_{t}*M*increases, although the DLS values retain the same reference point. We simulated MSVs of

*M*= 4, 6, 9, 12, 15, and 18 dB. For each simulated MSV, all visual function indices were recalculated. and the LOOCV and repeatability analyses were repeated. The cross-sectional analyses were repeated for

*M*= 4 and 18 dB.

*V*

_{TOT},

*V*

_{30°},

*D*

_{TOT},

*D*

_{30°}, and the ratio

*V*

_{30°}/

*V*

_{TOT}are presented in Figures 2 and 3, and a volumetric measurement of the ring scotoma is presented for the field in Figure 3. The 3-D topographic representations generated by VFMA show the HOV contours and enhance the subtle variations in the visual fields.

*d*values indicating high accuracy, and also good consistency with similar

*R*

^{2}values and similar

*d*values in each subject group. By comparison, the performance of the NN interpolator was lower and less consistent among groups. The

*R*

^{2}and

*d*values from the VFMA TPS interpolator were significantly larger than those from the NN interpolator, overall (

*P*< 0.001) and within each subject group (

*P*< 0.001 in each case). The standard deviations for

*R*

^{2}and

*d*were largest in the RP group, which is likely a reflection of the diversity of visual field patterns within this group.

*R*

^{2}and

*d*values changed only slightly, getting worse in the RP and PCRP groups and better in the normal group. The improvement in the normal group is due to the increased uniformity and spatial autocorrelation of the far peripheral fields where the floor effects are more likely to occur. The worsening in the patient groups is a result of the floor effects causing abruptly increased sensitivity values at isolated test locations, which reduces the local autocorrelation and the accuracy of any neighborhood-based interpolation scheme. At every simulated MSV, the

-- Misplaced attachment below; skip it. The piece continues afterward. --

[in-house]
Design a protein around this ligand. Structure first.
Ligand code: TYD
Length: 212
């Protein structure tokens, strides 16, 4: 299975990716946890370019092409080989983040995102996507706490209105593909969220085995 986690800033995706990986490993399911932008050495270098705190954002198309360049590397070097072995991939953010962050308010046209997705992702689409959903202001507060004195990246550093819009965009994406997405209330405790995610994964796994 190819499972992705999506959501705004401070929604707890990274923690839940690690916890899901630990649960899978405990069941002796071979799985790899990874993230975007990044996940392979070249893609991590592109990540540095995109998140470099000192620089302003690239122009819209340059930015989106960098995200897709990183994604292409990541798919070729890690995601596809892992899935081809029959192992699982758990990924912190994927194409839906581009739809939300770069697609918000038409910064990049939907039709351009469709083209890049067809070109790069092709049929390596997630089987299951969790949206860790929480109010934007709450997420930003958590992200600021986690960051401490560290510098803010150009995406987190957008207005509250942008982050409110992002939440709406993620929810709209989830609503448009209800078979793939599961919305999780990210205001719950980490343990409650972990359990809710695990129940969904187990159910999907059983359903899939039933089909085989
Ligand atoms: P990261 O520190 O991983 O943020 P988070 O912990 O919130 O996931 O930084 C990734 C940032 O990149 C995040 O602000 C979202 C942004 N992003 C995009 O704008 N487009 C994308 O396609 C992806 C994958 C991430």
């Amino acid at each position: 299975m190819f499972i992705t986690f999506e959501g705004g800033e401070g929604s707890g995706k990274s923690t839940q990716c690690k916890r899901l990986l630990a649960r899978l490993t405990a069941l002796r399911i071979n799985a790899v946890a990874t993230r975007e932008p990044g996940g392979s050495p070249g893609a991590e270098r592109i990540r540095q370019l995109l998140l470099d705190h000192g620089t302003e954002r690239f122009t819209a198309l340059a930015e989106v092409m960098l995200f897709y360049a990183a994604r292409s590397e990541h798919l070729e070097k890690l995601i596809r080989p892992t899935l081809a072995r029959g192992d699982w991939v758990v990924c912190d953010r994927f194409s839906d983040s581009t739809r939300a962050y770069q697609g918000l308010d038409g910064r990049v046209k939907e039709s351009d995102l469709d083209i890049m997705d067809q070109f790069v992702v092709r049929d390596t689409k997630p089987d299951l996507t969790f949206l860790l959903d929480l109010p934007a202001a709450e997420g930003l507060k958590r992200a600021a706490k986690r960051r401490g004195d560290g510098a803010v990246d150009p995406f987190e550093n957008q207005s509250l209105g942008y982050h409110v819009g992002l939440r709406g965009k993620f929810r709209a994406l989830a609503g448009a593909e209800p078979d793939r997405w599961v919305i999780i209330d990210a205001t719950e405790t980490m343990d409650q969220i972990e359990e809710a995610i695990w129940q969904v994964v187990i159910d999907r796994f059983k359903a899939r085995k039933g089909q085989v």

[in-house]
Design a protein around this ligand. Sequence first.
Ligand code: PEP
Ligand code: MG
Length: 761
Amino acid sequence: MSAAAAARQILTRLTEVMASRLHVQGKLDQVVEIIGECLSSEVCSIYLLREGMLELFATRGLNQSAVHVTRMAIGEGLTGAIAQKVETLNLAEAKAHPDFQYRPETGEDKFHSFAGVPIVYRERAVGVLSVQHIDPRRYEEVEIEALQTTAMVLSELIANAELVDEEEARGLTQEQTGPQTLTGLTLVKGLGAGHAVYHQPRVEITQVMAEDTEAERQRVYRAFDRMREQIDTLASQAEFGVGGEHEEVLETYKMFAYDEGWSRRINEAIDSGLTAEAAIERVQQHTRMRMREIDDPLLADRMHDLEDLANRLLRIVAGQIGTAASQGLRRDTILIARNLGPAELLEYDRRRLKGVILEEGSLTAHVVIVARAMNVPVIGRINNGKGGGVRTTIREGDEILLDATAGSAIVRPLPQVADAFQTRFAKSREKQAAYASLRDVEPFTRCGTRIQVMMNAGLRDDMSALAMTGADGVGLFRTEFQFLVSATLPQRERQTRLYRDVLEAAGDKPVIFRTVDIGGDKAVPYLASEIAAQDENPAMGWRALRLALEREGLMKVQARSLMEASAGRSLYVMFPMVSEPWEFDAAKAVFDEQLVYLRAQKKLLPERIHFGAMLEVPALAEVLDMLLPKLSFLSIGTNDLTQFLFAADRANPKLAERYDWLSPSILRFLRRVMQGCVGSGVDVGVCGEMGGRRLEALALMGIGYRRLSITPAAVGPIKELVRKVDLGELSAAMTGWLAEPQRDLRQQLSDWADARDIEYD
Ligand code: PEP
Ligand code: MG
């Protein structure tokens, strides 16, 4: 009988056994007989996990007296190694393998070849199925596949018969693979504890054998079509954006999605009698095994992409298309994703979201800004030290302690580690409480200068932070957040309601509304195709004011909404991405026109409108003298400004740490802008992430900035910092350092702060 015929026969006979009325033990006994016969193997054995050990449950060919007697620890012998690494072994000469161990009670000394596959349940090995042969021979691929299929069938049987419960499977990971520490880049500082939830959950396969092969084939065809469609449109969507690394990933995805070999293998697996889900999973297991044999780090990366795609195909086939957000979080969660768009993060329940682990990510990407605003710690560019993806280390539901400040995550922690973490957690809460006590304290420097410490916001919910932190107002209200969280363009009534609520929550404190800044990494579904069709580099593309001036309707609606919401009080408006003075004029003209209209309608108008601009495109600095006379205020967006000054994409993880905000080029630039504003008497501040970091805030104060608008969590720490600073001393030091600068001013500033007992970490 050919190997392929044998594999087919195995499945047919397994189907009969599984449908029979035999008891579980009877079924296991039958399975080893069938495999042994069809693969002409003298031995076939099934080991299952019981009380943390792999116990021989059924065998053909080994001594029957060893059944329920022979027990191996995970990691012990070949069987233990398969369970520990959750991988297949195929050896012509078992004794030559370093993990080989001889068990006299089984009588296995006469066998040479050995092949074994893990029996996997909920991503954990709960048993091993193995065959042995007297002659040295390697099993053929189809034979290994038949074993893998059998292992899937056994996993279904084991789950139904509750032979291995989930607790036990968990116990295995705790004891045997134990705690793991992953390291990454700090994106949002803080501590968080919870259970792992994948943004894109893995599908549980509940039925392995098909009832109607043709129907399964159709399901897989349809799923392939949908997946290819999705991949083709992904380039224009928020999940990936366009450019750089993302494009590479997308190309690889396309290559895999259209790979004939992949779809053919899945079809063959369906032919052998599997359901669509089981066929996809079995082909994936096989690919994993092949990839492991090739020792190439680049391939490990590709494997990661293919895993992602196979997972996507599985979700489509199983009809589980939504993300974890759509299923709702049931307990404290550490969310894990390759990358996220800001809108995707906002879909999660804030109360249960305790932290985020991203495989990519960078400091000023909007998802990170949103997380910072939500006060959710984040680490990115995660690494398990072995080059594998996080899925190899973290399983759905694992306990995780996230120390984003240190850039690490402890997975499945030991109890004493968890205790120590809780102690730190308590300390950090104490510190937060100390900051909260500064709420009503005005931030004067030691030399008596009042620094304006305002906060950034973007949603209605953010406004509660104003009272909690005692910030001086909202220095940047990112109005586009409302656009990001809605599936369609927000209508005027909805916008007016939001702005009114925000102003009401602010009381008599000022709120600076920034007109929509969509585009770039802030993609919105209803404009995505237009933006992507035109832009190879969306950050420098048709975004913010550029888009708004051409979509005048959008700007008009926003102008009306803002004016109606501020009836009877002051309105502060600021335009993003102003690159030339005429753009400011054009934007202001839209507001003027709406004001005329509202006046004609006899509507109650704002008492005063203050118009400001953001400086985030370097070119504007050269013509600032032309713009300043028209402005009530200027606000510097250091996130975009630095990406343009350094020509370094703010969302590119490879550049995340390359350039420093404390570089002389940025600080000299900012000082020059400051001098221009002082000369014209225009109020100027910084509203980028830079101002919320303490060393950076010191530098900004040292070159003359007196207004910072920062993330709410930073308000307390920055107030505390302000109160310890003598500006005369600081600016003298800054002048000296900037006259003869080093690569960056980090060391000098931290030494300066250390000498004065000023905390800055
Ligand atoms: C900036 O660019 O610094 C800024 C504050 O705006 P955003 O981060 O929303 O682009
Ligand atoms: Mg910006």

*R*

^{2}and

*d*values from VFMA remained significantly larger than the NN interpolator.

*V*

_{TOT}and MS, and also for

*D*

_{TOT}and MD, although among normals the

*D*

_{TOT}coefficient was somewhat larger than that for MD. For the indices in DLS space, the variation was larger among RP patients than normal subjects. The CVs of the regional volumetric indices

*V*

_{30°}and

*D*

_{30°}were similar to their global counterparts

*V*

_{TOT}and

*D*

_{TOT}. The largest CVs were found in the defect space indices of normal subjects; because normal subjects have negligible field loss, the visual function indices in defect space had mean values near zero which elevated the CVs. Similarly, the normalized index

*V*

_{30°}/

*V*

_{TOT}in RP patients had a mean near zero and, consequently, a relatively large CV. For the defect space measures of RP subjects, however, the CVs remained small. Although the repeatability coefficients in Table 3 are not comparable across indices, they provide useful summary information for a given index regarding how similar two observations on the same individual are likely to be.

*V*

_{TOT},

*V*

_{30°}and MS grew with MSV while the defect–space indices

*D*

_{TOT},

*D*

_{30°}and MD and the normalized index

*V*

_{30°}/

*V*

_{TOT}correspondingly shrank (Supplementary Tables S9 and S10). These indices changed considerably more in the RP group due to the greater impact of severe floor effects in regions with visual field loss. The within-subject standard deviations (Supplementary Tables S11 and S12) tended to decrease because the dynamic range was being reduced as the simulated MSV became larger. Accordingly, the CVs (Supplementary Tables S7 and S8) generally improved for the indices in DLS space. The changes in defect-space indices were less predictable, but were quite small for the range of MSVs considered.